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Choosing a spearfishing knife
The tip of the knife is the important factor when killing your fish. It needs to be pointy enough to penetrate easily while thick enough so it doesn’t snap while twisting on it.
The bladed side is used simply for general cutting purposes and gutting your fish at the end of the day.
The serrated side is mainly there for cutting line, rope and nets in an emergency situation. This is 10 times more effective at cutting those type of materials over the bladed side and is an essential factor to look out for when in the market to purchase a new knife.
The final consideration is a spear removal tool, not many people actually know about this and it’s a really handy feature to have.
Ever shot your spear into the reef and it’s just impossible to pull it out? Well the tool feature slides over the back of spear allowing you to really easily twist and rotate the spear out of its shot placement. Comes out in a second or two with no fuss.
If you tend to dive deep then the last thing you want to doing is overly exerting yourself at depth which we all know is a big contributing factor to shallow water blackout.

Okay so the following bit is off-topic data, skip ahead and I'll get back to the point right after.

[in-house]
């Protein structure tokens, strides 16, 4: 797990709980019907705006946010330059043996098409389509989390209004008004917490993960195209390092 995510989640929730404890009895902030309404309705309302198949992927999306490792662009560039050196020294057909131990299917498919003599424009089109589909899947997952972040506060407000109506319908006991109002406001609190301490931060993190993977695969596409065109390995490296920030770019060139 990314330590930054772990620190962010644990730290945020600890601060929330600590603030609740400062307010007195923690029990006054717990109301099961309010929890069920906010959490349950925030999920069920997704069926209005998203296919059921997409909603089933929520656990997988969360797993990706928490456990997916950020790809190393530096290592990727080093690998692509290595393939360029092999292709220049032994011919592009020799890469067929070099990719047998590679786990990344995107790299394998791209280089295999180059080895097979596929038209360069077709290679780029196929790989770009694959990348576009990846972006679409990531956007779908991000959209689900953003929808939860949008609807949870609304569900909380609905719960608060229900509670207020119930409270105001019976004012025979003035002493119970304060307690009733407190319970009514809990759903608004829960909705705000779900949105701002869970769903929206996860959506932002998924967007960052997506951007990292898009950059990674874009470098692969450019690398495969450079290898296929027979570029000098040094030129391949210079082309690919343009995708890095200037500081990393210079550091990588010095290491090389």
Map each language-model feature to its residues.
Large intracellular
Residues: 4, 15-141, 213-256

Both the Rob Allen X-Blade and Riffe Terminator knifes above have all these features and tools.
The knife sheath
This is often overlooked or classed as a secondary consideration when shopping around for a new knife but in reality is just as important as the features highlighted above.
First and foremost you should look at the overall profile of it and consider one of the biggest dangers you are exposed to as a diver – line wrap. Getting snagged on your float line after shooting a fish or any other line, nets that may be hidden bottom side.
Some knifes like the Rob Allen X-Blade has a sheath that is virtually completely flat and snug against your leg, while others have pointy bits poking out everywhere.
Low profile sheaths also have the added bonus of reducing your overall hydrodynamic profile meaning less energy exerted for the same actions. It’s a small difference and certainly one for the purists but no other knife has such a non-existent profile, it’s really incredible.
Sheath straps is the last consideration and basically boils down to this. Rubber straps with clips will never be as snug and effective as elastic band versions. Furthermore, should you ever get line wrapped on your knife, an elastic strap is much easier to kick off when fining up than its rubber counterpart. The rubber straps are much less forgiving and ultimately you’re waiting for the actual clip to fail over stretching off the straps as you fin away.
Where to strap your knife
While this is open to personal preference we always recommend the best place to strap your knife is on the inside leg. If you are ever in an emergency and one of your arms/hands is incapacitated then your knife is still in reach of your second arm/hand. This doesn’t work well if you strap your knife to the outside of your leg or on the bicep.
All knifes should be cleaned with fresh water and dried after *every* dive to avoid the inevitable effects of the salty sea water.